[cnn-photo-caption image= http://i2.cdn.turner.com/cnn/2009/images/07/23/art.cbc0723.gi.jpg caption="Representatives of the Congressional Black Caucus are pushing for health care reform this year."]
WASHINGTON (CNN) - Key House Democrats continued to pound home the president's call for health care reform Thursday, hoping to convince a wavering public that change is necessary and to generate sorely needed momentum before the August congressional recess.
Representatives of the Congressional Black Caucus, voicing the concerns of President Barack Obama's liberal political base, predicted that inaction this year would have dire ramifications.
If we "fail to act now, we do so at the peril of the American people," warned Rep. Barbara Lee, D-California, at a Capitol Hill news conference.
"The American taxpayer will continue to suffer from the economic consequences of absorbing health care costs that are spiraling out of control. We must act because the quality of life of millions of Americans and the health of our economy really hang in the balance."
Several Black Caucus representatives have insisted the health reform plan as currently drafted is affordable, drawing a sharp contrast with more fiscally conservative Democrats who have voiced cost concerns.
Lee echoed Obama's remarks from a prime time-news conference Tuesday night, in which the president repeatedly emphasized that the spiraling costs of the current system would bankrupt the nation while denying coverage to millions more Americans.
"Even as we rescue this economy from a full-blown crisis, we must rebuild it stronger than before - and health insurance reform is central to that effort," Obama said, adding that failure to control rising health costs would mean inability to control the federal deficit.
"These are the stakes of the debate we're having right now," he said.
The president is slated to take his reform pitch to Ohio Thursday afternoon, touring the Cleveland Clinic - a hospital he has repeatedly praised as a model of high-quality, low-cost care - and hosting a town hall meeting in Shaker Heights.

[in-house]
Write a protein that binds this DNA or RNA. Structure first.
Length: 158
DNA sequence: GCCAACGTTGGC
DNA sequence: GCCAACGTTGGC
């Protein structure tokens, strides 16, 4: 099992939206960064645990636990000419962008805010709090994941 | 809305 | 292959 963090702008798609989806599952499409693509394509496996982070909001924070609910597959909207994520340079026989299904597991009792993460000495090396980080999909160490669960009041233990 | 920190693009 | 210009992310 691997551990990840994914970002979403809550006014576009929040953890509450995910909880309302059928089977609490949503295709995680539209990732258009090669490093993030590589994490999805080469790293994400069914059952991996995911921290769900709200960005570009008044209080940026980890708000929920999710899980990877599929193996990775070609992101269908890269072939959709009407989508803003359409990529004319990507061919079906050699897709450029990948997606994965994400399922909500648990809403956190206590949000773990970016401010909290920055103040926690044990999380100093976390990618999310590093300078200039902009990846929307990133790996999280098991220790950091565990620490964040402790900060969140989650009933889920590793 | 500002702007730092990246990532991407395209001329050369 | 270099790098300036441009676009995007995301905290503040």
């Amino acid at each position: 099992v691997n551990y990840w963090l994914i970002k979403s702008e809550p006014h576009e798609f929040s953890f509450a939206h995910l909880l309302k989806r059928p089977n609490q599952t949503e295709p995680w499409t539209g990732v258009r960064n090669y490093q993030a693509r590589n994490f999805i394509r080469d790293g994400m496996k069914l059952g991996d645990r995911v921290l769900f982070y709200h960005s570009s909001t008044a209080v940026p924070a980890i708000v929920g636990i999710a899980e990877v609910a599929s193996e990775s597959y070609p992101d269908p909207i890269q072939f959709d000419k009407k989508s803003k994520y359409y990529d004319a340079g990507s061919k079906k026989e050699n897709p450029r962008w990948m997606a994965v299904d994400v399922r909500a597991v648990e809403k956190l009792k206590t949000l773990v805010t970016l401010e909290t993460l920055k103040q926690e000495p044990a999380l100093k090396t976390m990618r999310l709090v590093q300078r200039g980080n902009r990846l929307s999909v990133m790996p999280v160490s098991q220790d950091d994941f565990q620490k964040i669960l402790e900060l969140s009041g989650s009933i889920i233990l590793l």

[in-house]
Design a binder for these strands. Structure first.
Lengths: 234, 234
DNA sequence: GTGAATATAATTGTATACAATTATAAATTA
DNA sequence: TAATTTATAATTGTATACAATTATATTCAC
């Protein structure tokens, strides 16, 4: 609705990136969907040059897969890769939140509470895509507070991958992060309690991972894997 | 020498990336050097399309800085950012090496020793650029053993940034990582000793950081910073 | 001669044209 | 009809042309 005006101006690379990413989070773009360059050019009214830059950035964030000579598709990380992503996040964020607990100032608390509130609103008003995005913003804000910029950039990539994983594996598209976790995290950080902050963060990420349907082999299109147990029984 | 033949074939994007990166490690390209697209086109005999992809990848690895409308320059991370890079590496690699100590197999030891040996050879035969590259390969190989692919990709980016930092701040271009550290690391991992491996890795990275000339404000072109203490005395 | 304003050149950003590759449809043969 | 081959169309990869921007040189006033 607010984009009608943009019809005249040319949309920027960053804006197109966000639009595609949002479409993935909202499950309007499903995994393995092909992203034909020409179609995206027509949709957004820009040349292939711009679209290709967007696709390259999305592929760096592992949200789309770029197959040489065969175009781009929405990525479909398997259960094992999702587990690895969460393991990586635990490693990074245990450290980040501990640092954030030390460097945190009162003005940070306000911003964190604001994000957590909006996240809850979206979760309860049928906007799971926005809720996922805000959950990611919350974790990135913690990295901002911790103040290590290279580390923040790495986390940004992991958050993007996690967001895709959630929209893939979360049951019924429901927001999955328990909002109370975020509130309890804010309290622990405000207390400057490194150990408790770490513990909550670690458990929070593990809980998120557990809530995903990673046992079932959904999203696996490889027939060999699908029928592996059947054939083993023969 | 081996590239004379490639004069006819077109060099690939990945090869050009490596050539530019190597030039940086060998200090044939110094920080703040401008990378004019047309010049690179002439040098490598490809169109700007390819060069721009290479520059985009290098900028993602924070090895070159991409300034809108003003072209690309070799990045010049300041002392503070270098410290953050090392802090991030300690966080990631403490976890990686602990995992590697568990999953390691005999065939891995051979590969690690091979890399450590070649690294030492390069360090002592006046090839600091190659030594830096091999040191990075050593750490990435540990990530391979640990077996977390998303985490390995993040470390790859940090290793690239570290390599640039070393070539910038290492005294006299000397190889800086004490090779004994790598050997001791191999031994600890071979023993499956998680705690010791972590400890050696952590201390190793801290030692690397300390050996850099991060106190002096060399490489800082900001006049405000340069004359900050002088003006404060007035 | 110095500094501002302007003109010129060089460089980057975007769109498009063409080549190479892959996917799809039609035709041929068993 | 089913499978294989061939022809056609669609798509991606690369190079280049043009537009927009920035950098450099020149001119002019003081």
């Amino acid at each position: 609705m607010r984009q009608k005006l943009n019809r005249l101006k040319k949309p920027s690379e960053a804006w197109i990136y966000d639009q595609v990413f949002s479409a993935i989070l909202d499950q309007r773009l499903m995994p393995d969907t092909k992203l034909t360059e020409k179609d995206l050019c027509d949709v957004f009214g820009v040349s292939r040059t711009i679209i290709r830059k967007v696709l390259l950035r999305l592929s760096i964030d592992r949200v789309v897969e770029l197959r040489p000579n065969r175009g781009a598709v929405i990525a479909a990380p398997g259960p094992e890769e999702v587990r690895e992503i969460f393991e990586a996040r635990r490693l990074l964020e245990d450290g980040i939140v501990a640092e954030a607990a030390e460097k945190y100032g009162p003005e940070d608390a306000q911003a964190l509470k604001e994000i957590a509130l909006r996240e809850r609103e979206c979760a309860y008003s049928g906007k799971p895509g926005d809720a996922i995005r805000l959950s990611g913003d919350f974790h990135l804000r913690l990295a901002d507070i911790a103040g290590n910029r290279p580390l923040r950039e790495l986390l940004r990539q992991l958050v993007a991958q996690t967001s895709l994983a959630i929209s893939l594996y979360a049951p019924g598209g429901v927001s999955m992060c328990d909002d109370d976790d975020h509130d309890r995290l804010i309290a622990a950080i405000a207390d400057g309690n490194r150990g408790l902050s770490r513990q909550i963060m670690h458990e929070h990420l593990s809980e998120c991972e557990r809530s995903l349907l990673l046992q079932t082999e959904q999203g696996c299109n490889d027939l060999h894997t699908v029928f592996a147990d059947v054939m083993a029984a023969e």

Bills considered so far by House and Senate committees include Democratic proposals for a government-funded public health insurance option, mandates for people to be insured and employers to provide coverage, and an end to lack of coverage due to a pre-existing condition.
Republicans oppose a government-funded option and any requirement for employers to provide coverage. They also call for limits on medical malpractice lawsuits, which Democrats don't favor, along with a number of provisions contained in the Democratic bills, including increased efficiency in Medicare and Medicaid and a focus on preventive health programs.
Republican opponents of the Democratic plans said Wednesday that most Americans like the current system, which they said must be made less expensive and more accessible.
"What we do think is that we ought to target the problems, and there are ways to do that on a bipartisan basis," argued Senate Minority Leader Mitch McConnell, R-Kentucky.
Obama and Democratic leaders say the problems are deeper and systemic, with spiraling costs that eventually will bankrupt the country and with 12,000 people a day being added to the current figure of 46 million without health insurance.
The president wants both the House and Senate to pass bills before going on their August recess, but that timetable appears unlikely due to the fierce Republican opposition coupled with the cost concerns cited by fiscally conservative Democrats.
A CNN "Poll of Polls" released Wednesday indicated that less than half of Americans now approve of how Obama is handling the issue. It shows 47 percent of Americans approve of how the president is dealing with health care reform, while 44 percent disapprove.
The CNN Poll of Polls is an average of the three most recent national surveys to ask about Obama's performance on health care: USA Today/Gallup (July
17-19); ABC/Washington Post (July 15-18) and CBS News (July 9-12).
A CNN/Opinion Research Corp. poll conducted late last month found 95 percent of those questioned favored at least some reform of the U.S. health care system. But while 55 percent favored "a great deal of reform," 40 percent said the system needs "only some reform."
The poll, conducted June 26-28, had a sampling error of plus or minus 3 percentage points.